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Sunday 21st July 2019

China to promote condoms

5th March 2012

An HIV/AIDS action plan released by the Chinese government includes a campaign to encourage widespread use of condoms, in a bid to cap the number of people living with the virus at 1.2 million by 2015.


There are currently around 780,000 Chinese living with HIV, according to official statistics, although the real figure may be higher.

The report, issued by China's cabinet, the State Council, said the country had made great strides in AIDS work in recent years, citing lengthening life expectancy for patients.

But it said Beijing still had a long, hard task ahead of it to prevent the continuing spread of the disease.

The State Council said in a statement that AIDS patients in China still faced "widespread discrimination," and that the virus was still a serious problem in some areas of the country, and among some, high-risk groups.

The government is focusing its prevention efforts on sexual transmission, although activists and AIDS doctors say that the virus is still spreading rapidly in poverty-stricken, rural areas, via the practice of blood selling.

The State Council announced plans to make condom machines available in 95% of hotels and other public places. The aim was to target "high-risk groups," who include men who have sex with men, intravenous drug users and others, according to Beijing.

"The present spread of AIDS is still severe," the statement said, adding that the government was aiming for 90% condom usage rate among such groups. But it did not give details of current condom usage.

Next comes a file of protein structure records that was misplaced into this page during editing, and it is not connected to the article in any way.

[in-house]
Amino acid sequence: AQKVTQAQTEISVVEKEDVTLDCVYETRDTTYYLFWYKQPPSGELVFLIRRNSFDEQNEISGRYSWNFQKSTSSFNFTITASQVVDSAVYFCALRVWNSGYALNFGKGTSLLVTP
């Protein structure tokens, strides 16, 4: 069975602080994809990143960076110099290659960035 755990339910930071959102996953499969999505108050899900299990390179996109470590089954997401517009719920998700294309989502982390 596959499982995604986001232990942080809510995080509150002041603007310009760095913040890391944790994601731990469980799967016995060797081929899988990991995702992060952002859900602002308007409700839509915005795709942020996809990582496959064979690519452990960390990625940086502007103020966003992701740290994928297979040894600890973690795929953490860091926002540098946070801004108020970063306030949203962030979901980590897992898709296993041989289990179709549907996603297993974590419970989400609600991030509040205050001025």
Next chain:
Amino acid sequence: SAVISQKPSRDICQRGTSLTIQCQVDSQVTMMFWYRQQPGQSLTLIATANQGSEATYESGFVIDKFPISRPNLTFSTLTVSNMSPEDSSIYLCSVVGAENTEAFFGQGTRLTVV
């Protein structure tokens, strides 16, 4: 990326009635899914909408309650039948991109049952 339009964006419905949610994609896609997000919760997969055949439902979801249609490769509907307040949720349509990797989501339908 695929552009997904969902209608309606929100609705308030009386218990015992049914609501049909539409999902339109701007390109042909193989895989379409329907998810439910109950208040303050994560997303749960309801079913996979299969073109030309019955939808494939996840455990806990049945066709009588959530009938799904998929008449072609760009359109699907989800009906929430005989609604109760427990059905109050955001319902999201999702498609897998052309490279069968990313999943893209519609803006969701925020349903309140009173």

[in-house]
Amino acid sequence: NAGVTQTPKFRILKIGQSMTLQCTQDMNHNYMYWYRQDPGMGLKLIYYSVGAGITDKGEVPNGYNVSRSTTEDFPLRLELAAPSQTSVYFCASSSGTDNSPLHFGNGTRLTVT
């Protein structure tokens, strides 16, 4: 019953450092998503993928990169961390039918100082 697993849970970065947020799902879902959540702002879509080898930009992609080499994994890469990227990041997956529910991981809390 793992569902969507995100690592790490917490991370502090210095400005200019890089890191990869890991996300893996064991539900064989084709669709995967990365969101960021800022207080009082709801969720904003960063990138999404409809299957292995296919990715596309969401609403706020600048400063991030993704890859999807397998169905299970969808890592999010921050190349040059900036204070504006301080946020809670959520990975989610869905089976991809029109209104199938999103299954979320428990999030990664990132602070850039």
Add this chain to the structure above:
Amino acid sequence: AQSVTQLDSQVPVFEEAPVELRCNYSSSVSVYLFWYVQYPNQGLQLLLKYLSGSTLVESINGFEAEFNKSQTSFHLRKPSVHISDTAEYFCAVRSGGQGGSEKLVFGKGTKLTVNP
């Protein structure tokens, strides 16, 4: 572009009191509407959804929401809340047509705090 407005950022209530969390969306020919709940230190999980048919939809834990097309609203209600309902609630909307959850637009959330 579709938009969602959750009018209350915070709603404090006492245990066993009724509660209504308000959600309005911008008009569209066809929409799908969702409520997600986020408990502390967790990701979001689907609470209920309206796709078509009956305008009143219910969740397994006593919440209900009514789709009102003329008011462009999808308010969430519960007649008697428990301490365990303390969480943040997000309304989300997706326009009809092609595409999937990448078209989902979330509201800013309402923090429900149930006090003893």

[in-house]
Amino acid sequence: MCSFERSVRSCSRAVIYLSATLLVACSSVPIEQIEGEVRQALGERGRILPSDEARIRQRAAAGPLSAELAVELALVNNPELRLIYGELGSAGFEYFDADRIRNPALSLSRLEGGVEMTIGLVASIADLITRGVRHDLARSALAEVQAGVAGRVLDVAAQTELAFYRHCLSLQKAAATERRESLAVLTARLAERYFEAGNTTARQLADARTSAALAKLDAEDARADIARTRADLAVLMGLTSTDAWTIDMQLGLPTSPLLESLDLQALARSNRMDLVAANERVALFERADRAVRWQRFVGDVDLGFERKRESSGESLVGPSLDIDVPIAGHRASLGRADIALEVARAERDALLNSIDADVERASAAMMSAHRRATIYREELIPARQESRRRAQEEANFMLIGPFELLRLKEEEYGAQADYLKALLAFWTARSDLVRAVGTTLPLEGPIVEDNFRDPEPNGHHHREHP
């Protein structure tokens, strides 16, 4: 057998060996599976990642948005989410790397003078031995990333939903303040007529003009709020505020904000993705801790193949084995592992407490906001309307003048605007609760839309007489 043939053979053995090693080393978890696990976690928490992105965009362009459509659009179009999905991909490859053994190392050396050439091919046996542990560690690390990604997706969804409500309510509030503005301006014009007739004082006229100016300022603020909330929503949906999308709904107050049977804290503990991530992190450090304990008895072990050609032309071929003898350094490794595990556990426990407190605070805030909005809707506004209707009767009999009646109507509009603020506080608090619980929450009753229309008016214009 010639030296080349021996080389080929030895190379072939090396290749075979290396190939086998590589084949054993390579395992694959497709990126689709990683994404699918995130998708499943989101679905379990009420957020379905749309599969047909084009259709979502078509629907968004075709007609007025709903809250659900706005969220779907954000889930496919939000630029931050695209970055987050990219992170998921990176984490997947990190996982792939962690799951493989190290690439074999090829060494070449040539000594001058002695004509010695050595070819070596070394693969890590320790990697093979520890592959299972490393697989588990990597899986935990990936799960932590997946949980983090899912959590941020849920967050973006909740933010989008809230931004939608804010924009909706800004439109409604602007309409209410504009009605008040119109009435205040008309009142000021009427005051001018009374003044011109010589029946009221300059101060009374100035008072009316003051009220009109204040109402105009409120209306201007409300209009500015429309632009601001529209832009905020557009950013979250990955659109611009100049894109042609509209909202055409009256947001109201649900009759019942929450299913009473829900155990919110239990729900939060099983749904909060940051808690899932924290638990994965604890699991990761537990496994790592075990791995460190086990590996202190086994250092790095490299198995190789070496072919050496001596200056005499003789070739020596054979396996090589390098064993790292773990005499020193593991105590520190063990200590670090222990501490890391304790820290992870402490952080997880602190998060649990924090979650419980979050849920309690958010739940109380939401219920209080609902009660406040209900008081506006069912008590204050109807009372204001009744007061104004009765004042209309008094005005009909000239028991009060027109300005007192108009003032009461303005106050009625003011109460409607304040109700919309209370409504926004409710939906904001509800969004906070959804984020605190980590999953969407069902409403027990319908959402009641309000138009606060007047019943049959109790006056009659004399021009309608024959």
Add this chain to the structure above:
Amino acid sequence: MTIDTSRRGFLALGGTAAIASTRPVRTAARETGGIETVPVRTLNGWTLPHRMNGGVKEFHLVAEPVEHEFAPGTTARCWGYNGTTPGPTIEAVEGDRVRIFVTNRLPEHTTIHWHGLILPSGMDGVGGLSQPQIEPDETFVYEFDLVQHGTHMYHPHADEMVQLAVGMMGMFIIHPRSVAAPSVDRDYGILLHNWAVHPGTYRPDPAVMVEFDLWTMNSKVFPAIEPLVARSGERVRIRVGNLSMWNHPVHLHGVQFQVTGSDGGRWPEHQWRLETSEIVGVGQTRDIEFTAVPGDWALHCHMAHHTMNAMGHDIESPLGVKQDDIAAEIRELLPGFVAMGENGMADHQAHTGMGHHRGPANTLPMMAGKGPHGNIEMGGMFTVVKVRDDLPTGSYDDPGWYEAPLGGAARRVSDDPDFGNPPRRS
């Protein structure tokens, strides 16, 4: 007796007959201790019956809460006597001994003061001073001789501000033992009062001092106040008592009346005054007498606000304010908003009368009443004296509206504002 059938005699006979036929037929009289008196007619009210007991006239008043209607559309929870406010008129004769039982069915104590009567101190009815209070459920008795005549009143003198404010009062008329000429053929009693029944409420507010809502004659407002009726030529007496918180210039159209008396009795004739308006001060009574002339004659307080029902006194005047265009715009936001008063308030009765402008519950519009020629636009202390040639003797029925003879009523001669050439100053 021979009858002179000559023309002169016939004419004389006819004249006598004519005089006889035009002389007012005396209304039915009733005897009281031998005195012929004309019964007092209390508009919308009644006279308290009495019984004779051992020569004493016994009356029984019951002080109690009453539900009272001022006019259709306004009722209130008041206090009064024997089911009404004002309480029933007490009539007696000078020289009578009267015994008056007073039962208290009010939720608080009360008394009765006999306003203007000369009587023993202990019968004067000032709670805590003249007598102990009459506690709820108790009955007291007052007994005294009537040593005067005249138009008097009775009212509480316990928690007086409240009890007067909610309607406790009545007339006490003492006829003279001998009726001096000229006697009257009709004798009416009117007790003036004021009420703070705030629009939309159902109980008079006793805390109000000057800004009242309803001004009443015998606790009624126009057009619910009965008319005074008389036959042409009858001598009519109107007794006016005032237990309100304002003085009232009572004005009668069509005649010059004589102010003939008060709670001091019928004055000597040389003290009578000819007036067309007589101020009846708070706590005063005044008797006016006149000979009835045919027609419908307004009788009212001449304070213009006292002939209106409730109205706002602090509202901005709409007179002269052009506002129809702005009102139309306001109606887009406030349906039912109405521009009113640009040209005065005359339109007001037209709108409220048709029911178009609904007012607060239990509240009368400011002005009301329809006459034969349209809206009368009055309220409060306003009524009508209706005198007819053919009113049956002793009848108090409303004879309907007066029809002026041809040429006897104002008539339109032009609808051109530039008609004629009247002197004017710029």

The new action plan also includes measures to educate officials in local governments about AIDS, and guidelines for evaluating their performance in public health promotion work linked to AIDS.

Hundreds of thousands of impoverished farmers in rural areas of China became infected through botched blood-selling schemes, giving rise to whole villages of AIDS orphans. 

It was unclear whether they would be targeted by the condom campaign, too.

Dissident AIDS doctor Gao Yaojie says the problem of AIDS transmission via blood donor clinics is a public health scandal on a much bigger scale than the government is admitting. Gao and fellow activist Wan Yanhai have both now fled to the United States to escape official harassment because of their whistleblowing work.

In recent years, Beijing has boosted access to anti-retroviral drug treatments and increased spending on prevention programmes, as well as bolstered attempts to curb public discrimination. China's leaders can now be seen visiting AIDS patients and shaking hands with them, sending a public message that would have been unthinkable just 10 years ago.

In 2009, China reported that AIDS had become the country’s leading cause of death among infectious diseases for the first time, killing more people than tuberculosis and rabies.


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